A Forgotten Solution

For a few years now, I’ve had in my collection one very strange lens.  I bought it primarily for it’s value as a collectible so, up until now, I haven’t really spent much time playing with it.   Made in 1975, this manual focus Minolta MC Rokkor-X 40-80mm f/2.8 lens is one strange puppy.  When it was first introduced, no other zoom lens could top its image quality and it really didn’t have much competition until more recent years.  This is largely due to its very unique Gearbox design that sought to overcome the problem with zoom lenses that we still face today.

Sony A7RmkII w/ Minolta MD 35-70mm f/3.5 Macro (3rd Gen)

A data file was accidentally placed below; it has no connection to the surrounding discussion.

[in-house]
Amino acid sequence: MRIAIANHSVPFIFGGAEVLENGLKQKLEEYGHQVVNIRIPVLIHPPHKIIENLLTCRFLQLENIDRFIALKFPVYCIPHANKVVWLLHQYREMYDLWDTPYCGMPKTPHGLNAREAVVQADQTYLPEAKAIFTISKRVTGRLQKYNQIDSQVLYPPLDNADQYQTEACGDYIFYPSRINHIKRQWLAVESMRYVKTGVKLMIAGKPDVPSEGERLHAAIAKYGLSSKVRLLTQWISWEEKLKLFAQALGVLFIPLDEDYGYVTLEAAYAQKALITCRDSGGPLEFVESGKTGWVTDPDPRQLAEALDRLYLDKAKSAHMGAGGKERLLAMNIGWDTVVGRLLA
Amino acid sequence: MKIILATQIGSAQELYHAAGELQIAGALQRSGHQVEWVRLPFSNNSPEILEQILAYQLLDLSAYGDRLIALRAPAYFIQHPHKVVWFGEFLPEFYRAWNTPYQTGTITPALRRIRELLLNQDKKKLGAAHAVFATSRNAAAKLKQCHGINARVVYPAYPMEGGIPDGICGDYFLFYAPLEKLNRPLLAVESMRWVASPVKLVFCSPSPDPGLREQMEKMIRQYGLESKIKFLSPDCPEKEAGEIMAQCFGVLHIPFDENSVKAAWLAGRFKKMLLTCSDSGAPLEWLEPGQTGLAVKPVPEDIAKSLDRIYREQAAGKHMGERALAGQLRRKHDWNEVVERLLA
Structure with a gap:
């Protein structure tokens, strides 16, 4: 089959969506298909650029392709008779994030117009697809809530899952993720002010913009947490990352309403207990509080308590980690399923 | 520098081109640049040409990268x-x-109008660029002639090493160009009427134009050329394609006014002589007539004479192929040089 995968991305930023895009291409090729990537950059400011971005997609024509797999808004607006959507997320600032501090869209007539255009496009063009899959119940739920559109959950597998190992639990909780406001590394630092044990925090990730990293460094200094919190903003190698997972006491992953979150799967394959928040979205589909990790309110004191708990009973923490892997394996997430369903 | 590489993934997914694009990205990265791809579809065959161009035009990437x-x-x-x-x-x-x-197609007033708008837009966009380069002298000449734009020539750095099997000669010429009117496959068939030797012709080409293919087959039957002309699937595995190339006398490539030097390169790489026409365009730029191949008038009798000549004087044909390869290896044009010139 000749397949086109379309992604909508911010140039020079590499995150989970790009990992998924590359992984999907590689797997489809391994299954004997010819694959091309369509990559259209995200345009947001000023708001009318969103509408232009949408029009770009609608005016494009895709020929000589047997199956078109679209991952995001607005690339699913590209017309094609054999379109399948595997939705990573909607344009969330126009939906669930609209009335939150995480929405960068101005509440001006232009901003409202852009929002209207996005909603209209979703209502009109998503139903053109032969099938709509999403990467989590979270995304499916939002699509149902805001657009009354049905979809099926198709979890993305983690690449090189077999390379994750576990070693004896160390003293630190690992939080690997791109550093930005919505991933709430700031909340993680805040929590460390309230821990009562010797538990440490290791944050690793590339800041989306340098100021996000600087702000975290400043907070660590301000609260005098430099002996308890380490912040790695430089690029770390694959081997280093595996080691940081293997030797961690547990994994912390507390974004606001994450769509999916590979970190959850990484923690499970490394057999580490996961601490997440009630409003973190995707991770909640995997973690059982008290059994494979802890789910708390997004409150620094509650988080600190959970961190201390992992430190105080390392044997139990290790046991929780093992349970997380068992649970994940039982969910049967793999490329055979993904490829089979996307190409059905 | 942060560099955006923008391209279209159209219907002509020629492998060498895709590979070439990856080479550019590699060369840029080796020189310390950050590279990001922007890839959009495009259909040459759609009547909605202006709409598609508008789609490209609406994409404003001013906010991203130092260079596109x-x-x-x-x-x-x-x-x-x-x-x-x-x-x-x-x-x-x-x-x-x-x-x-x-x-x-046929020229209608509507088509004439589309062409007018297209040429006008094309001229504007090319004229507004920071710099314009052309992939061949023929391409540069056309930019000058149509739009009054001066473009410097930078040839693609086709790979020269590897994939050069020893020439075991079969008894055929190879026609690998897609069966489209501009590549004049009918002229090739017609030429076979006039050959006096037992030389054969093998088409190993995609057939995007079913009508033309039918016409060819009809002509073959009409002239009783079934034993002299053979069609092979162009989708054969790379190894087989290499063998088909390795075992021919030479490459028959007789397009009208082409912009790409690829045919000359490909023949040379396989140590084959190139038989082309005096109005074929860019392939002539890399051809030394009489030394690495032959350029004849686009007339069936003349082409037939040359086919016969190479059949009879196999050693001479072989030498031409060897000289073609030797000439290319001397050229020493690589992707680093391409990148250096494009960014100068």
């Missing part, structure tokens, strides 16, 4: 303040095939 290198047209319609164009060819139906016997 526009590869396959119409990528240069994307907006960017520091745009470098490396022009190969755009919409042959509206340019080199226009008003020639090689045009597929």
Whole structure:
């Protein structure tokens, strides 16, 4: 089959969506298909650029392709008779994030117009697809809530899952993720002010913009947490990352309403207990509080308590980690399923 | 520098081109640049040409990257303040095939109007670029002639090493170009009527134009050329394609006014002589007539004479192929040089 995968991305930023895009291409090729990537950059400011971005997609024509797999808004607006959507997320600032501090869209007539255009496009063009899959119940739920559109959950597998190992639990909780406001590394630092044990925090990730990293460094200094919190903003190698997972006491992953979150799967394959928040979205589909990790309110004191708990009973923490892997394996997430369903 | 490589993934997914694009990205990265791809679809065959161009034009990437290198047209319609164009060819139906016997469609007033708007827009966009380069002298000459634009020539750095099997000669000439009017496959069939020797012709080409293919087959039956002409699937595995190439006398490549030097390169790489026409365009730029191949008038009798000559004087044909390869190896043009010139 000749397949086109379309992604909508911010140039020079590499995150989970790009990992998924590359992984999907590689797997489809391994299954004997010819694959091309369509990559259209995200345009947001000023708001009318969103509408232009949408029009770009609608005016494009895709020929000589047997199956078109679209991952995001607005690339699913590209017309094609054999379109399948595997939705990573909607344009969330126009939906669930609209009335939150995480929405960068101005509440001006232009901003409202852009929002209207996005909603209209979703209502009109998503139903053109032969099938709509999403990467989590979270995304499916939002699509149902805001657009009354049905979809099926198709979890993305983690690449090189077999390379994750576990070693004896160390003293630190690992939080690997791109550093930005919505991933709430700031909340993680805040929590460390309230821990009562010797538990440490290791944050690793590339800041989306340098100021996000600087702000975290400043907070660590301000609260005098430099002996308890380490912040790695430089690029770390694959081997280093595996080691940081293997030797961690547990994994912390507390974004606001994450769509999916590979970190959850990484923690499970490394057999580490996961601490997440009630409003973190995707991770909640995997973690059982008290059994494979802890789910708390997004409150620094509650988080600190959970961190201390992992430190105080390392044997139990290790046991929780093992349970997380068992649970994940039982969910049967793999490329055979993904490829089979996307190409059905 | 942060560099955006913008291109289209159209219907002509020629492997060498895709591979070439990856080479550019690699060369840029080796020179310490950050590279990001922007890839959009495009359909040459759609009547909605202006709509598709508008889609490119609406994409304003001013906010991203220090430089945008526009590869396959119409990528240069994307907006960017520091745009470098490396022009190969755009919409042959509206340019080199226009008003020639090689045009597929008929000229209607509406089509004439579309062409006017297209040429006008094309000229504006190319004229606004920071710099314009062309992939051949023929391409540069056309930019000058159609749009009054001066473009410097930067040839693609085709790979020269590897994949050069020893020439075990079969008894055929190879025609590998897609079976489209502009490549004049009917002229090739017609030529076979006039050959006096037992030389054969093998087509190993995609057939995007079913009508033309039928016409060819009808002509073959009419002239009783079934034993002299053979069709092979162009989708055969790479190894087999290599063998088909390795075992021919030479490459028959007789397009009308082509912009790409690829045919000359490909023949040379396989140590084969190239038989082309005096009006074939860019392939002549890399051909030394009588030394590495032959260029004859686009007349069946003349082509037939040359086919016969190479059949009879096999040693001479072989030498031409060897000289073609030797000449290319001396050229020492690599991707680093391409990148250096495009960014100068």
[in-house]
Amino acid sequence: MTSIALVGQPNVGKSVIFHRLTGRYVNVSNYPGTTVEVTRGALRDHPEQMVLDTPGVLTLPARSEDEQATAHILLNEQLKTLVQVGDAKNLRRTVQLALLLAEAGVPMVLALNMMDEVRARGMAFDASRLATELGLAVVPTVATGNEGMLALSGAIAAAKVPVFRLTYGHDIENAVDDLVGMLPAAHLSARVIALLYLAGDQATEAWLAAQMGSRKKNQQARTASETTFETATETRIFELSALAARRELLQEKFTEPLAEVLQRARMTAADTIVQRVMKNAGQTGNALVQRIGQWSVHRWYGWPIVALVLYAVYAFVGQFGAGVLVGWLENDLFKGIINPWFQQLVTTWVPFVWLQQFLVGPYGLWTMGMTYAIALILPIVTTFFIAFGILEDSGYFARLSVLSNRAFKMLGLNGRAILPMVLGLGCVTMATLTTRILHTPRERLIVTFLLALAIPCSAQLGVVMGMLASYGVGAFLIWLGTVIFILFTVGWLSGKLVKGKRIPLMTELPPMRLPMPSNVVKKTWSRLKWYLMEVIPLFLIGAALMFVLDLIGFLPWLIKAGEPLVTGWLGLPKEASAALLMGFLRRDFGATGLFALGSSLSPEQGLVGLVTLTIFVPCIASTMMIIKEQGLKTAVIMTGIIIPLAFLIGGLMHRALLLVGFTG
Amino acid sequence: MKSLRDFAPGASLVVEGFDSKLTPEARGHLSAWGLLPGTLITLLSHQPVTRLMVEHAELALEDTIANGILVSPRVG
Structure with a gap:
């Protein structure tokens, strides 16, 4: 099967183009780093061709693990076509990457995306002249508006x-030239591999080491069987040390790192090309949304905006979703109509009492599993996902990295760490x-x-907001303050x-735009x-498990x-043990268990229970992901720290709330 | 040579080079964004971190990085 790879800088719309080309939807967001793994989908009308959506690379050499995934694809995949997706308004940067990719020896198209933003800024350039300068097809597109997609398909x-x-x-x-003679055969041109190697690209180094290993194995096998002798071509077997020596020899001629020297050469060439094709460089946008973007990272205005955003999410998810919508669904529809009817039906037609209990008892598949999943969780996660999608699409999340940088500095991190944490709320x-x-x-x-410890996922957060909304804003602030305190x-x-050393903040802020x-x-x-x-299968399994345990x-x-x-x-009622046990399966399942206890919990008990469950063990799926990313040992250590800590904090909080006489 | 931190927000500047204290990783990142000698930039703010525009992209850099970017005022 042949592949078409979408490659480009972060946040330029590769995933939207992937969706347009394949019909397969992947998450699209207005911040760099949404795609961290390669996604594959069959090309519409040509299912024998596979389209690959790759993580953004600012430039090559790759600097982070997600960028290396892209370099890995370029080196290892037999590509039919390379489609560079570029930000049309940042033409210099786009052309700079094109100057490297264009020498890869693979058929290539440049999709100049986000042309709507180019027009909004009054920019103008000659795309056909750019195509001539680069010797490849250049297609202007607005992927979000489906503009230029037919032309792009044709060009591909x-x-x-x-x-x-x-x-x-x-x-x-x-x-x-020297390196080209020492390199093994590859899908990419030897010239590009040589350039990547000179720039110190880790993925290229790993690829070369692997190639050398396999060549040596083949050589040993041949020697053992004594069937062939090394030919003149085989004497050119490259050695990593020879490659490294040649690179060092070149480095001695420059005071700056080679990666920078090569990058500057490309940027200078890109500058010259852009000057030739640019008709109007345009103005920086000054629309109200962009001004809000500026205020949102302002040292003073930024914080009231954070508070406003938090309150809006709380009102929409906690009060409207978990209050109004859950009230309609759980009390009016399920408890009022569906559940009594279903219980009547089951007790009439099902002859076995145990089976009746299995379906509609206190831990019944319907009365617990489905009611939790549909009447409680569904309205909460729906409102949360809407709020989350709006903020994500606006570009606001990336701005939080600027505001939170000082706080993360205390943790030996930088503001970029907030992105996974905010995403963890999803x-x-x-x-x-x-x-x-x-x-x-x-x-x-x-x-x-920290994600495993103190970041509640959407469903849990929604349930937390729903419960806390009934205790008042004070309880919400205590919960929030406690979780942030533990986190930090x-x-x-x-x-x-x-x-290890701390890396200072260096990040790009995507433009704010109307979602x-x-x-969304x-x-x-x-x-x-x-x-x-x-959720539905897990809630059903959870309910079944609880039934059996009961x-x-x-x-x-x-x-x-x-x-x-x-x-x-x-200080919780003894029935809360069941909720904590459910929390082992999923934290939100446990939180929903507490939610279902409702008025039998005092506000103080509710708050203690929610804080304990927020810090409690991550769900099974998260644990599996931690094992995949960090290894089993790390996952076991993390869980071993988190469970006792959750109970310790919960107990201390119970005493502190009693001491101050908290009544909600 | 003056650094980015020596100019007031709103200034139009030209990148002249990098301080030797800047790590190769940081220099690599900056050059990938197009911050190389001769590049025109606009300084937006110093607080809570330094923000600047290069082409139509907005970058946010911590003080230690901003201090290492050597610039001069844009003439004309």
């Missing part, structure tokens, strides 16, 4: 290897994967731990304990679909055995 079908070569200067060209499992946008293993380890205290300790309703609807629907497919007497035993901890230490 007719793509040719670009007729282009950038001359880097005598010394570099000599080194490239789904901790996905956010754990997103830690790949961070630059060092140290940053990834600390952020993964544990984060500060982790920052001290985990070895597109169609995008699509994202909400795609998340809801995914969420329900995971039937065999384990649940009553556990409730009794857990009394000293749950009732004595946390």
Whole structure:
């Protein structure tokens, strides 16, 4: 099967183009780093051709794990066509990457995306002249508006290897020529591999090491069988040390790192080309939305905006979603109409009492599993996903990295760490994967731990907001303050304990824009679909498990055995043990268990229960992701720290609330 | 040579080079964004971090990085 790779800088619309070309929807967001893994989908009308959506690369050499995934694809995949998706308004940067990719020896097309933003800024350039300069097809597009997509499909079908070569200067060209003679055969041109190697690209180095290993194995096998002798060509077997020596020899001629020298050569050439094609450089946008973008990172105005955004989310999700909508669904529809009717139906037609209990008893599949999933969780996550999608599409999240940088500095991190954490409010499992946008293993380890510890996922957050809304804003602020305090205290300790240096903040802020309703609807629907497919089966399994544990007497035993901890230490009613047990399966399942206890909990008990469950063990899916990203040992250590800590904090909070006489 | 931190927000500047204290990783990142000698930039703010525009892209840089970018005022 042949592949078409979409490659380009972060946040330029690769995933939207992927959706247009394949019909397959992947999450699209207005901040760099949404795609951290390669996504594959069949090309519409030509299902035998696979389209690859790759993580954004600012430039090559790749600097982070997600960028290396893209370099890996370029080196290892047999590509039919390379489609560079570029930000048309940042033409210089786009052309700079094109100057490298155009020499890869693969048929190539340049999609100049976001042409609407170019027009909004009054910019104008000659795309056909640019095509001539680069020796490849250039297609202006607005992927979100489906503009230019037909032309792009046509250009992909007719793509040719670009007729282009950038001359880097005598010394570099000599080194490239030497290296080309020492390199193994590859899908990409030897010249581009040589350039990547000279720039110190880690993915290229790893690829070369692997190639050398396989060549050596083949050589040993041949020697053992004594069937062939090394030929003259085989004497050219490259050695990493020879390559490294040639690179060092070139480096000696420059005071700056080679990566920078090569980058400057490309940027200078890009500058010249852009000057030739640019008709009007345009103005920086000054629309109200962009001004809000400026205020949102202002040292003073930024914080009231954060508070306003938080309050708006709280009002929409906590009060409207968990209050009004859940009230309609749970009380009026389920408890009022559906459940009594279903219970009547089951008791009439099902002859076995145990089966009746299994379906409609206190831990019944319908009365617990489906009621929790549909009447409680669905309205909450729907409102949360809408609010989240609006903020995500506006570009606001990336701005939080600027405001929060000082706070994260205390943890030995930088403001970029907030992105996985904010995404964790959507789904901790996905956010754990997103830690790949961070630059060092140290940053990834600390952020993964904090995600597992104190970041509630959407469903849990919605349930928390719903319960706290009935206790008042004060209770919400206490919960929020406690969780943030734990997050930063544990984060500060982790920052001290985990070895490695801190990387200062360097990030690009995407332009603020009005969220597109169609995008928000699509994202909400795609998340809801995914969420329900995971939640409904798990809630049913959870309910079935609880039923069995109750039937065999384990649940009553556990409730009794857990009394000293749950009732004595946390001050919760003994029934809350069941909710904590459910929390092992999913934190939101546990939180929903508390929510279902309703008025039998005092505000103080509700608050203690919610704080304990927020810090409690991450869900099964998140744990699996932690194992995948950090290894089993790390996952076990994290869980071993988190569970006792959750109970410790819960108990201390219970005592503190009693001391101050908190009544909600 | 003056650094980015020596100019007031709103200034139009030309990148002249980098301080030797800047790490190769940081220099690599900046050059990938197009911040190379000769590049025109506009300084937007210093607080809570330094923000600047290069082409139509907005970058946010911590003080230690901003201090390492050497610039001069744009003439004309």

Way back in 1959, the first commercially-available 35mm still camera zoom lens, the Bessamatic-mount Zoomar 36-82mm f/2.8, was released by Voigtlander.  It’s mechanical design would not be unfamiliar to you since the focus and focal length were adjusted via a few round-turns of the lens barrel.  This simple helicoid design remains the only common method manufacturers use to make our lenses zoom in and out and focus.  When you twist the zoom/focus ring(s) of a lens, the optics are carried forward or backward through a threaded barrel.  This design results in a fixed movement ratio of the optical groups mounted inside that helicoid.  The problem with this is every focal length requires a slightly different adjustment of the lens element/group spacing to properly correct aberrations and the fixed ratio of a helicoid cannot provide that kind of variance.  The helicoid is relatively simple, easy to make, and its shape tailors to a fitting physical design of a lens.  If a lens were designed to have as few compromises as possible, it might look vastly different from what we see sitting on store shelves.  For simplicity though, manufacturers have stuck with the helicoid and instead invested in overcoming its mechanical shortfalls with optical solutions.  Over the years, lens designers, aided by computers, have learned how to improve the optical designs of the zoom lens to work around most of the limitations of the locked-ratio helicoid.   Modern zooms still aren’t quite as good as a prime lens but, with aspherical lens elements and fancy coatings to help out, they’re getting pretty darn close.